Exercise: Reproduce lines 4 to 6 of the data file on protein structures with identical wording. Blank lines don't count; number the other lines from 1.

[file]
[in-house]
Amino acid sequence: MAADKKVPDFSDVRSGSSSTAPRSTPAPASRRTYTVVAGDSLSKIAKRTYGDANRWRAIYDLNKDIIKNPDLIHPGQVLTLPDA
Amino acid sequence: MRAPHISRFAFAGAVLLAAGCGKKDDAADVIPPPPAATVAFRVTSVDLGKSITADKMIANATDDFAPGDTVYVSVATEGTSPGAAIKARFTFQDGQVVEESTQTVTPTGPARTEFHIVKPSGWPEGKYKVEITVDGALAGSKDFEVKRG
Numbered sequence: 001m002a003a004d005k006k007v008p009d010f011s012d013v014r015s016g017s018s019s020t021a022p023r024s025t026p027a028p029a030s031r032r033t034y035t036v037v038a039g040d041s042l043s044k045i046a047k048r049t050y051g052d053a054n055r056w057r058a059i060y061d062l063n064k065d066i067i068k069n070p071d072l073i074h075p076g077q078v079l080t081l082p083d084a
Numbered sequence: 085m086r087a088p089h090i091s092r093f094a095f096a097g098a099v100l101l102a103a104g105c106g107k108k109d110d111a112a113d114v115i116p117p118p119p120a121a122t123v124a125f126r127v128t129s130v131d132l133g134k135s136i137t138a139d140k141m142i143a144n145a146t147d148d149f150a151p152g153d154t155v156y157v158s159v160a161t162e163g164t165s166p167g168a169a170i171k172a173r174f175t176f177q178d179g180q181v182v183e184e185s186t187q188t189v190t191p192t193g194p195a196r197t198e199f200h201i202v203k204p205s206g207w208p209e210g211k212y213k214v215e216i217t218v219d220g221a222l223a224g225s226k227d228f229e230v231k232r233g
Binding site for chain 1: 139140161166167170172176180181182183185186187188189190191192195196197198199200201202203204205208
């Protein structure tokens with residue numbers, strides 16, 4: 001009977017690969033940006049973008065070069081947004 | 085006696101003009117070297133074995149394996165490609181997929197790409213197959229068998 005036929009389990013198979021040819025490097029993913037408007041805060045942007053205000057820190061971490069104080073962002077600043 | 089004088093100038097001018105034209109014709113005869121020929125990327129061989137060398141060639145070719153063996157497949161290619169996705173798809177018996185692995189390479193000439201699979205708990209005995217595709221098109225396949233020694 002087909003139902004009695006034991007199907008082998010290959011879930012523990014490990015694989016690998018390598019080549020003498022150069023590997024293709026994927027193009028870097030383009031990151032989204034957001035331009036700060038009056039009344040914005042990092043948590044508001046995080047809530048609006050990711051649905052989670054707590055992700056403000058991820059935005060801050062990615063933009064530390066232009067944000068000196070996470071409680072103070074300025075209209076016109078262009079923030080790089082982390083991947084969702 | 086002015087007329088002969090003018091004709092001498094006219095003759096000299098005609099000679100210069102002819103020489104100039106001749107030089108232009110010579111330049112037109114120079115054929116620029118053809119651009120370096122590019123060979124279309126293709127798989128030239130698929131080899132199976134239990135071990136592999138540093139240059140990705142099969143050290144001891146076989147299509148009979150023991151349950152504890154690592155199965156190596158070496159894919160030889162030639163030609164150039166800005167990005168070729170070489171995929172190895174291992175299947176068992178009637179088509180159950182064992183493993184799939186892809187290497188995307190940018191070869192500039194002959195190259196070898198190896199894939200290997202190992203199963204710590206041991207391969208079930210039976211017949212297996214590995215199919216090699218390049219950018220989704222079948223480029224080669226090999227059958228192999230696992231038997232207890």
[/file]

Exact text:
Numbered sequence: 001m002a003a004d005k006k007v008p009d010f011s012d013v014r015s016g017s018s019s020t021a022p023r024s025t026p027a028p029a030s031r032r033t034y035t036v037v038a039g040d041s042l043s044k045i046a047k048r049t050y051g052d053a054n055r056w057r058a059i060y061d062l063n064k065d066i067i068k069n070p071d072l073i074h075p076g077q078v079l080t081l082p083d084a
Numbered sequence: 085m086r087a088p089h090i091s092r093f094a095f096a097g098a099v100l101l102a103a104g105c106g107k108k109d110d111a112a113d114v115i116p117p118p119p120a121a122t123v124a125f126r127v128t129s130v131d132l133g134k135s136i137t138a139d140k141m142i143a144n145a146t147d148d149f150a151p152g153d154t155v156y157v158s159v160a161t162e163g164t165s166p167g168a169a170i171k172a173r174f175t176f177q178d179g180q181v182v183e184e185s186t187q188t189v190t191p192t193g194p195a196r197t198e199f200h201i202v203k204p205s206g207w208p209e210g211k212y213k214v215e216i217t218v219d220g221a222l223a224g225s226k227d228f229e230v231k232r233g
Binding site for chain 1: 139140161166167170172176180181182183185186187188189190191192195196197198199200201202203204205208